PAINTING AND CONVERTING - Manticore
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So I recently decided to add a pair of manticores to my army. While I think the idea of cluster missiles is kind of cool, I think that the models themselves are kind of ugly. I was thinking of some way to execute this idea better, when I had an epiphany. The fluff for the storm eagle rockets is that you have four of them, which break into three smaller ones, some of the clusters of which fly off at strange trajectories and land off the board (or wherever), which is why you only actually hit with 1-3 rather than all 3. Four rockets with three subrockets means that you really have 12 missiles. Why not just make a vehicle with 12 missiles, and then just assume that lots of them fly strangely straight off the launcher?
This of course immediately led me to the idea of doing a katyusha (also known as a Stalin's Organ) style manticore.
As chimera kits are cheaper, I decided to build my manticore off of the new chimera kits (one of which I'm still waiting on as GW has been backlogged). I started by assembling the chimera with everything but the obvious chimera-bits (the turret and the passenger compartment). My purpose was to make a blank chimera chassis that could quickly and easily be converted into ANY chimera-based vehicle. As such, the hatch and the hull weapon aren't actually glued on.
Once that was done, the next part was to make a generic artillery flatbed. This easily slides into place, and is simple to produce, and provides a solid conversion base for any guard artillery model:
From there, I added more work to the flatbed. Specifically, I wanted to make it into a place on which I could mount any turret-based artillery (deathstrike, hydra, or manticore). The end result is something which will accept a plasticard tube, and allow it to freely rotate 360 degrees:
Once done, I needed to make an adapter to go between this particular flatbed, and the missile racks. It needed to fit into the hole in the tank, while also having a way of allowing the missile rack to pivot up to 45 degrees so that it can fire indirectly. I decided to use two rings on the adapter, and one on the missile rack that will be held together with an axle.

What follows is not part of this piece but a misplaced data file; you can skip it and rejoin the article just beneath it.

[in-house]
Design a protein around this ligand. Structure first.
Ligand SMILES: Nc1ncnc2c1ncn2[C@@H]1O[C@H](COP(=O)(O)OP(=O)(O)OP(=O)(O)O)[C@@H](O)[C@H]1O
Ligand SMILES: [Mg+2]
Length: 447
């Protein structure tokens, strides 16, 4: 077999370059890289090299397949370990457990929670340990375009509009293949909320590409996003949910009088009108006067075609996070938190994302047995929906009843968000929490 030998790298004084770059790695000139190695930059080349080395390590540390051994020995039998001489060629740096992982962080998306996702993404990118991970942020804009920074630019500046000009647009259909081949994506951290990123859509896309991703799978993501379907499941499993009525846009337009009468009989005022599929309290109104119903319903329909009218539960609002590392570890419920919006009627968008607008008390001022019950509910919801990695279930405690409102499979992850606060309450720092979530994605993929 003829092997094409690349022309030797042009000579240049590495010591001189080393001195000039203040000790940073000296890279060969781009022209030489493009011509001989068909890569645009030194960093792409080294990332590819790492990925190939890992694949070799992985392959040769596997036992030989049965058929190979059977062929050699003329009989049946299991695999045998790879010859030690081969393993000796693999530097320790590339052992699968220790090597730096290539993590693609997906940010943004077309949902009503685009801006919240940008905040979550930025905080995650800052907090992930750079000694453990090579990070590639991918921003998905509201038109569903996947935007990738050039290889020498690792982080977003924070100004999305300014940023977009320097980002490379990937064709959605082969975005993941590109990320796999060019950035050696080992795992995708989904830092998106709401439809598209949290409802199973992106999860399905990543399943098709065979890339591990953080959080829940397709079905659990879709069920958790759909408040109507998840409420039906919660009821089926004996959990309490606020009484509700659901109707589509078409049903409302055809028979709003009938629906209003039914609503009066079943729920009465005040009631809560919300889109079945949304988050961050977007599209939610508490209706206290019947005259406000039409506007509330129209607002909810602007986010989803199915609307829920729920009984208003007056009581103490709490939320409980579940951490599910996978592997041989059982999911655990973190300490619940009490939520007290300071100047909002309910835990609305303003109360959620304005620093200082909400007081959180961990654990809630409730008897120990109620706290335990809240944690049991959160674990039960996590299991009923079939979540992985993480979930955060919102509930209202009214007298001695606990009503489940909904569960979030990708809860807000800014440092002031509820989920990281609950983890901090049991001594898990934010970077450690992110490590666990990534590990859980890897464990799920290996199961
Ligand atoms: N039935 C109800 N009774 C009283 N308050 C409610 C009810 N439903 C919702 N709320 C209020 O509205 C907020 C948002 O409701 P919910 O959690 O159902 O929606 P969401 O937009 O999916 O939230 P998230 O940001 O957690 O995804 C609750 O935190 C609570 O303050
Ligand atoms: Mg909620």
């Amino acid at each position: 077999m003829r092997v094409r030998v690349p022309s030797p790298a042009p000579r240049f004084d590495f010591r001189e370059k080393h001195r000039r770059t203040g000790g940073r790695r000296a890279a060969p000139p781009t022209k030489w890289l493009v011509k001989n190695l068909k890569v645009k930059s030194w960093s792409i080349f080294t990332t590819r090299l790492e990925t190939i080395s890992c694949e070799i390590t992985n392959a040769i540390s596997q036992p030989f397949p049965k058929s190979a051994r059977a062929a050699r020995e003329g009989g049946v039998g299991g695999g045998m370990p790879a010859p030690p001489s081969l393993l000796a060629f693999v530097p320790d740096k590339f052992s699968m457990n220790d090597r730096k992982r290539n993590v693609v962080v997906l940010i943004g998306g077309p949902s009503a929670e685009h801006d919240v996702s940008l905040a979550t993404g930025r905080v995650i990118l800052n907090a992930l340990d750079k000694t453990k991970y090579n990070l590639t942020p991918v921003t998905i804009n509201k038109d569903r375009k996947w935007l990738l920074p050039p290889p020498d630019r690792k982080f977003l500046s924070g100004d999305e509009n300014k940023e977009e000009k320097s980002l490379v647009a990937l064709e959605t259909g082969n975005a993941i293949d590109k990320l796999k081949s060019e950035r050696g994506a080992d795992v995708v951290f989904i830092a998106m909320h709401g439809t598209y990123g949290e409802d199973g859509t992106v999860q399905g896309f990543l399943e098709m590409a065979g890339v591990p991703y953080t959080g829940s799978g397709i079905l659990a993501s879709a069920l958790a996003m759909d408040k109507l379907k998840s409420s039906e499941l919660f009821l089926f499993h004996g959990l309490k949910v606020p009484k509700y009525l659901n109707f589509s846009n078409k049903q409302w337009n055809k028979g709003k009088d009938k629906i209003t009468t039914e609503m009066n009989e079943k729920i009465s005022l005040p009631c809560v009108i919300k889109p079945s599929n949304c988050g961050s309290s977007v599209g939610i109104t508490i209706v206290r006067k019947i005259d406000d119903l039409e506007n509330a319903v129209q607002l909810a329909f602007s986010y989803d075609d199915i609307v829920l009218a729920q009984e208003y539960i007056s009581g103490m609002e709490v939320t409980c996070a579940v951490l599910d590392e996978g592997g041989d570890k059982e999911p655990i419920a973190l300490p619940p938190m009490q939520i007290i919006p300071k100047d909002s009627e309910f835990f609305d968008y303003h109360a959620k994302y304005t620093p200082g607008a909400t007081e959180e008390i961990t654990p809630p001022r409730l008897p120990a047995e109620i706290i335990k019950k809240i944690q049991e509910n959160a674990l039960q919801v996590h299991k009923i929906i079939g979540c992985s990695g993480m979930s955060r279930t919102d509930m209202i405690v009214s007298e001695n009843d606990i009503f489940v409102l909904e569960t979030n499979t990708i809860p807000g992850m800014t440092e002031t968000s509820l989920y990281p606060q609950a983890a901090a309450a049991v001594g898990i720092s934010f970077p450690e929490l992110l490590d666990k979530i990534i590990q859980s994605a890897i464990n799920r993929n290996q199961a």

With this in place, it was time to make the missile rack itself. I still have a lot of L-angle plasticard (from when I made some anti-tank hedgehog terrain), and so I decided to use that to hold onto the missiles. After adding some plasticard support (and attatching the axle lug), I then attatched some guiding rails.
Once completed, I could insert the pin to see how it all looks all together:
Needless to say, I'm pretty happy with what I have so far. From here, I'm going to add in some more detail work, primarily of the structural nature, as those missile rails really need something to support them at the end, and the rack itself wobbles a bit in the adapter. That, of course, and make the missiles themselves.
So, the next phase was to finish the missile rack. I wanted to do something that would cover for the fact that I'm not yet able to cut long strips of plasticard consistently. Other than hiding my sloppiness, it would also make sense to make the rack a little more rugged. Katyushas were mounted to trucks that weren't designed to withstand enemy fire, so they could make "disposable" missile racks. As the manticore is on a chimera chassis, they would actually expect it to last a little longer, thus they'd make racks nearly as armored as the carriers.
Once the rack was done (and a few new plasticard lugs in there, etc.), it was up to making the missiles. I had been wracking my brain for a few weeks trying to think of what I could do for the head of a missile, as small, rigid, conical plastic things were evading me (and the new HK missiles would be PERFECT, but the price of buying 22 more of them was a little silly). In the end, I found that there were some straight pins with heads that fitted snugly into some aluminum tubing I had lying around:
I like the miniature polaris look. Anyways, the original katyusha rockets looked pretty rudimentary, and I don't feel like futzing with the missiles to make them look right in the racks, so I've decided to just leave them like this. I mean, half the time they fly so far off target that they don't even land on the board, so I don't feel too bad not adding fins.
Anyways, after doing the full rack, it was all done. It all fits pretty snugly, and gravity allows it to stay down when I put it down and flip up and stay up when I want it firing indirectly (although you can feel it's pretty close to slipping when the rack is completely full or completely empty). All in all, I'm pretty happy with the results:
... and as penalty for getting in the last picture, the manticore commander decided to turn and prepare to fire against the nefarious photobomber...
Anyways, now it's on to the painting, which will basically look like my other tanks.
Click here for a larger picture.
So, I can still sort of tell that it's a scratchbuild (lack of rivets, etc.), but this is DEFINITELY good enough for table-top work, and not to shabby for my first serious attempt at vehicular conversions with plasticard.
Time for it to hit the table!